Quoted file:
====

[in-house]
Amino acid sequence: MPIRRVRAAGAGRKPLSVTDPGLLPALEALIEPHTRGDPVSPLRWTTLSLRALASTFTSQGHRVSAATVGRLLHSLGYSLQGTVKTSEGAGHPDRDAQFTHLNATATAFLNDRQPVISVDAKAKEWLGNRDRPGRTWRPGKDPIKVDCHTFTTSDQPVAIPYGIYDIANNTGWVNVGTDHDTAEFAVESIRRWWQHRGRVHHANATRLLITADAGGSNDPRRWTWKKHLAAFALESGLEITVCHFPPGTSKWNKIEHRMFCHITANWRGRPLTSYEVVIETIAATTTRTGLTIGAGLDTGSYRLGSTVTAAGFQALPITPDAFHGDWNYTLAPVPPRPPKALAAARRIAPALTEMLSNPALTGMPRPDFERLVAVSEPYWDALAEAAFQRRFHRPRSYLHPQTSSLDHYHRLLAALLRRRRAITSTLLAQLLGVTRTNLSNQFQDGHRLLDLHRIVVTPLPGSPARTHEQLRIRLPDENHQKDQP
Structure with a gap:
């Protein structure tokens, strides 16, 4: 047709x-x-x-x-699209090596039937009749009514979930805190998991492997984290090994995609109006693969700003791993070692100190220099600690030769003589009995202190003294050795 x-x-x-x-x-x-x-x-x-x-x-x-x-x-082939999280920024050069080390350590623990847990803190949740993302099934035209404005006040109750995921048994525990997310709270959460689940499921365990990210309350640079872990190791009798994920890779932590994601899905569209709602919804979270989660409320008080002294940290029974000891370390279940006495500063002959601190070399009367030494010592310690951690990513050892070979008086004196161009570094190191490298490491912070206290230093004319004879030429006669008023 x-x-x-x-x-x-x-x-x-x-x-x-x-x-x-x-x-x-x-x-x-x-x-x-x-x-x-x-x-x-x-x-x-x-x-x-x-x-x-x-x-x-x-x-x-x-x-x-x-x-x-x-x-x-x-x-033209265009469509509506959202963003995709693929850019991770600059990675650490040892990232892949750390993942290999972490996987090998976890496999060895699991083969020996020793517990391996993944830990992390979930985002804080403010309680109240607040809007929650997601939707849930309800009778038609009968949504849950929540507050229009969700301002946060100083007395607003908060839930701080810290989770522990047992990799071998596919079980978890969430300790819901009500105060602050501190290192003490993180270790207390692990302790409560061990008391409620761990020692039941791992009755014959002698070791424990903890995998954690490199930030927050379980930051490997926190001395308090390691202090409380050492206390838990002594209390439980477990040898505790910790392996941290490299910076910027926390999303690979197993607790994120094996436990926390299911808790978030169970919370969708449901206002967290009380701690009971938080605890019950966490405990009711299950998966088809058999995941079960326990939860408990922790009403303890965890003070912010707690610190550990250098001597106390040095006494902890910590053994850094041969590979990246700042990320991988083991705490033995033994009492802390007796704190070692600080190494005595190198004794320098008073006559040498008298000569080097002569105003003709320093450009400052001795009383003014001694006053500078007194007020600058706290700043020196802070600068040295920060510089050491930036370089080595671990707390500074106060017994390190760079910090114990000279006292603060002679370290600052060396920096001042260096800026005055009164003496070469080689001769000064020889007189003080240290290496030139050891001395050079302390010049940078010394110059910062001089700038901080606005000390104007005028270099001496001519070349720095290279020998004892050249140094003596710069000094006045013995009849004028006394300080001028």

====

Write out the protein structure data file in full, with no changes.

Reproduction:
[in-house]
Amino acid sequence: MPIRRVRAAGAGRKPLSVTDPGLLPALEALIEPHTRGDPVSPLRWTTLSLRALASTFTSQGHRVSAATVGRLLHSLGYSLQGTVKTSEGAGHPDRDAQFTHLNATATAFLNDRQPVISVDAKAKEWLGNRDRPGRTWRPGKDPIKVDCHTFTTSDQPVAIPYGIYDIANNTGWVNVGTDHDTAEFAVESIRRWWQHRGRVHHANATRLLITADAGGSNDPRRWTWKKHLAAFALESGLEITVCHFPPGTSKWNKIEHRMFCHITANWRGRPLTSYEVVIETIAATTTRTGLTIGAGLDTGSYRLGSTVTAAGFQALPITPDAFHGDWNYTLAPVPPRPPKALAAARRIAPALTEMLSNPALTGMPRPDFERLVAVSEPYWDALAEAAFQRRFHRPRSYLHPQTSSLDHYHRLLAALLRRRRAITSTLLAQLLGVTRTNLSNQFQDGHRLLDLHRIVVTPLPGSPARTHEQLRIRLPDENHQKDQP
Structure with a gap:
């Protein structure tokens, strides 16, 4: 047709x-x-x-x-699209090596039937009749009514979930805190998991492997984290090994995609109006693969700003791993070692100190220099600690030769003589009995202190003294050795 x-x-x-x-x-x-x-x-x-x-x-x-x-x-082939999280920024050069080390350590623990847990803190949740993302099934035209404005006040109750995921048994525990997310709270959460689940499921365990990210309350640079872990190791009798994920890779932590994601899905569209709602919804979270989660409320008080002294940290029974000891370390279940006495500063002959601190070399009367030494010592310690951690990513050892070979008086004196161009570094190191490298490491912070206290230093004319004879030429006669008023 x-x-x-x-x-x-x-x-x-x-x-x-x-x-x-x-x-x-x-x-x-x-x-x-x-x-x-x-x-x-x-x-x-x-x-x-x-x-x-x-x-x-x-x-x-x-x-x-x-x-x-x-x-x-x-x-033209265009469509509506959202963003995709693929850019991770600059990675650490040892990232892949750390993942290999972490996987090998976890496999060895699991083969020996020793517990391996993944830990992390979930985002804080403010309680109240607040809007929650997601939707849930309800009778038609009968949504849950929540507050229009969700301002946060100083007395607003908060839930701080810290989770522990047992990799071998596919079980978890969430300790819901009500105060602050501190290192003490993180270790207390692990302790409560061990008391409620761990020692039941791992009755014959002698070791424990903890995998954690490199930030927050379980930051490997926190001395308090390691202090409380050492206390838990002594209390439980477990040898505790910790392996941290490299910076910027926390999303690979197993607790994120094996436990926390299911808790978030169970919370969708449901206002967290009380701690009971938080605890019950966490405990009711299950998966088809058999995941079960326990939860408990922790009403303890965890003070912010707690610190550990250098001597106390040095006494902890910590053994850094041969590979990246700042990320991988083991705490033995033994009492802390007796704190070692600080190494005595190198004794320098008073006559040498008298000569080097002569105003003709320093450009400052001795009383003014001694006053500078007194007020600058706290700043020196802070600068040295920060510089050491930036370089080595671990707390500074106060017994390190760079910090114990000279006292603060002679370290600052060396920096001042260096800026005055009164003496070469080689001769000064020889007189003080240290290496030139050891001395050079302390010049940078010394110059910062001089700038901080606005000390104007005028270099001496001519070349720095290279020998004892050249140094003596710069000094006045013995009849004028006394300080001028």